Monday, February 25, 2008

Big D v Beantown

Since I've been a little homesick lately I decided to do a side-by-side comparison of Big D, aka Dallas, to Beantown.

First, I thought I'd start out easy by comparing the skylines. While Boston has the waterfront along downtown, and the cool distinction of the "Back Bay" area where the city was built on the water, the unique architecture of downtown Dallas and its skyscrapers, along with the ever-changing lights of Reunion Tower make Dallas a winner in the skyline category.


Dallas has miles and miles and miles of open road and highways, with clearly marked exits and street signs. The downside to Dallas is that you drive FOREVER to get across town, and it's no big deal when your commute is 100 miles round trip each day, plus there is almost no public transportation available. Boston, on the other hand, is very small, and has great public transportation - yay T. You can drive around pretty easily IF AND ONLY IF you have a GPS system. Boston is notorious for streets changing names suddenly and WTF is a rotary? And this is just the outskirts I've driven to. Don't even get me started on navigating my way through Beacon Hill and the downtown area. Boston edges out in this category just because of the T.


Dallasites win hands-down in this category. While Bostonians aren't nearly as mean as I heard they were, their lack of warmth can't go unmentioned. And while Dallasites are no Midwesterners and sometimes forget that we're southern, for the most part they are warm, welcome and inviting.

And the girls up here are an entirely different breed than Texas women. In Dallas, we care what we look like ALL THE TIME. We are high maintenance and we make no excuses for it. The downside to that is that we carry that maintenance into simple things like going to the grocery store.

In Boston, women up here don't make any excuses for not making an effort. It's all about comfort. I actually had an intern scoff because I don't own a pair of sweat pants! And a lot of women (NOT all - I actually work with a bunch of women who "try") up here don't even make an attempt at looking decent. How do you attract a man when it looks like you don't give a flip about yourself? And apparently this is the norm.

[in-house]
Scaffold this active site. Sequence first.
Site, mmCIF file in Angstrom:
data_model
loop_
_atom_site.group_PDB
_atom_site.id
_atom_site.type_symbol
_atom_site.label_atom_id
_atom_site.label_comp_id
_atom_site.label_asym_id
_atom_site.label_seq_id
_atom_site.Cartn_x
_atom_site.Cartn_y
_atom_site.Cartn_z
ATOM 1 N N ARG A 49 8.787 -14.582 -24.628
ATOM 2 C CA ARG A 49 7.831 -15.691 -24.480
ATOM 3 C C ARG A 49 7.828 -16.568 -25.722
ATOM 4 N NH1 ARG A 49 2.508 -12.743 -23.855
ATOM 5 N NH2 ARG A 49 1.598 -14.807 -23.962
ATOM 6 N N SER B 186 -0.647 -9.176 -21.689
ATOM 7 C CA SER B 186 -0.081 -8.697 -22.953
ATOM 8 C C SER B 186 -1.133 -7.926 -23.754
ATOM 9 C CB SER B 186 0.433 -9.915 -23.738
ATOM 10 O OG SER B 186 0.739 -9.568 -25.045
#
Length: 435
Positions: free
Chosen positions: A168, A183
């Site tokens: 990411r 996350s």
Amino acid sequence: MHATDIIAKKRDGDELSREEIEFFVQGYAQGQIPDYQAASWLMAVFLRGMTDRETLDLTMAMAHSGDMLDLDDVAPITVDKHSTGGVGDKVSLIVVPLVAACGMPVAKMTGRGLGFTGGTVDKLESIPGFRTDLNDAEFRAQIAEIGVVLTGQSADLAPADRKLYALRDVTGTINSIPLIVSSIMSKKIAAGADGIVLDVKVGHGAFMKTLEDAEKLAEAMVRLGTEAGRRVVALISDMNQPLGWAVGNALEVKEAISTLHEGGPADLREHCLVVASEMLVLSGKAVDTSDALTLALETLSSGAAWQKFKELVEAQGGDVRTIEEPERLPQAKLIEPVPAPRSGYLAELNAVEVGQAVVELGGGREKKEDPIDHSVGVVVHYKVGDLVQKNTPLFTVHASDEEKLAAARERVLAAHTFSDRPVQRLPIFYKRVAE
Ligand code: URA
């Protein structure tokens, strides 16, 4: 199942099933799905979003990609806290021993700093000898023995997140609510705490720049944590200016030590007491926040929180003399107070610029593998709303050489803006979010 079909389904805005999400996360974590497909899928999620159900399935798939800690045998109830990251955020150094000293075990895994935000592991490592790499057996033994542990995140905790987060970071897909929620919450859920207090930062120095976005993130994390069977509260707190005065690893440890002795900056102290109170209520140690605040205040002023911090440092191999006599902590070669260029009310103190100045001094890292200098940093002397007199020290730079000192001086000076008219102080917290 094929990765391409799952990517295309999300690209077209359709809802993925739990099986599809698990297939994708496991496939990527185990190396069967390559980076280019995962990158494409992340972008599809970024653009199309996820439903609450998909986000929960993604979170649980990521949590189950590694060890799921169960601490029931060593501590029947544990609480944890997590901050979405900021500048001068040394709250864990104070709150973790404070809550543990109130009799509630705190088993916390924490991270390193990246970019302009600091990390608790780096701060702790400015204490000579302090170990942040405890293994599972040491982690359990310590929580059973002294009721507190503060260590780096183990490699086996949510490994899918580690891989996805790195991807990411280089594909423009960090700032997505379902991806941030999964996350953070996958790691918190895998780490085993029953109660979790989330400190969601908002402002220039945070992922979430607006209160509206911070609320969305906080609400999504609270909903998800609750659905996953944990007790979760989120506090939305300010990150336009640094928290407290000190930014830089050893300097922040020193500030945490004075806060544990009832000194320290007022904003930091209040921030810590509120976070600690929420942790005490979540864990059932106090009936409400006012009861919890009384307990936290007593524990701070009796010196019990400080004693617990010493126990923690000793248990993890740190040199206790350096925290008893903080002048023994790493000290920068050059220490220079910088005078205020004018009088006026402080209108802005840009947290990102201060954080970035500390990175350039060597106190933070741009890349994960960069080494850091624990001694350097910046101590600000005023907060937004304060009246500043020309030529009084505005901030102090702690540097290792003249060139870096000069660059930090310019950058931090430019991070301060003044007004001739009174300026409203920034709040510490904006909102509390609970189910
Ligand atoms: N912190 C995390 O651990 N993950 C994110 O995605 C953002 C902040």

I will say this: being up here and having the luxury to keep my southern traits of making an effort but losing the fuss of it all is actually nice. I like that it's not a tragedy if I go to the grocery store in my snow boots and a t-shirt without any make-up on. I like that I can dress for comfort when I want to. And I REALLY like that people up here don't care what you drive, where you live and how much money you make. New Englanders are practical; there are very few BMWs up here, and if they are around, it's the SUVs because those are practical. Nope, Hondas and Toyotas are the big things up here, and luxury is a Lexus. And most of the people I know who are buying "new" cars, get them used.


This is a tie. Bostonians love their sports teams up here, and there are plenty to go around. You've got the Patriots, the Red Sox, the Celtics and the Bruins, not to mention tons of decent college teams to watch whenever you want. But I am really disappointed with Bostonians on their lack of enthusiasm for hockey. Boston has one of the original hockey teams EVER, and people up here don't get excited for the Bruins. In Dallas, everyone goes NUTS for the Stars; we LOVE hockey down there. And Dallasites are crazy for the Mav and the Cowboys too. The only team that's not exciting is the Rangers, but people still LOVE going to the Ballpark.


This one is a tie as well. While I can't get enough Tex-Mex and I miss Rosa's and Chuy's and Cuba Libra's mojitos, Boston is notorious for its great seafood, and variety. Since coming to Boston, I've indulged in Tibetan and Argentinian cuisines, and of course I eat some of the freshest seafood as often as possible. Lobster rolls up famous up here, as is the clam chowder. Every restaurant I've been to has been amazing and my pants are actually fitting a little better now that I don't have queso as one of my dietary staples. But still, I haven't found an authentic Mexican restaurant and the Tex-Mex restaurants up here are a joke. I'm actually getting so desperate that even fajitas are starting to sound appetizing.

Overall, I'm coming to appreciate Boston and its many offerings. Let's not forget that this city is rich with history, and I've got the beach to look forward to every weekend in a couple months. Not to mention that we've got Sam Adam's beer up here, and many bars don't even have the Texas staples on tap (Coors Light, Bud Lt. and Miller Lt.) which is fine by me.

The one thing Boston will never have on Dallas is my friends. They are definitely the best part of Dallas (and Austin and Houston and even Albuquerque!) and no one in Boston will ever compare to that!

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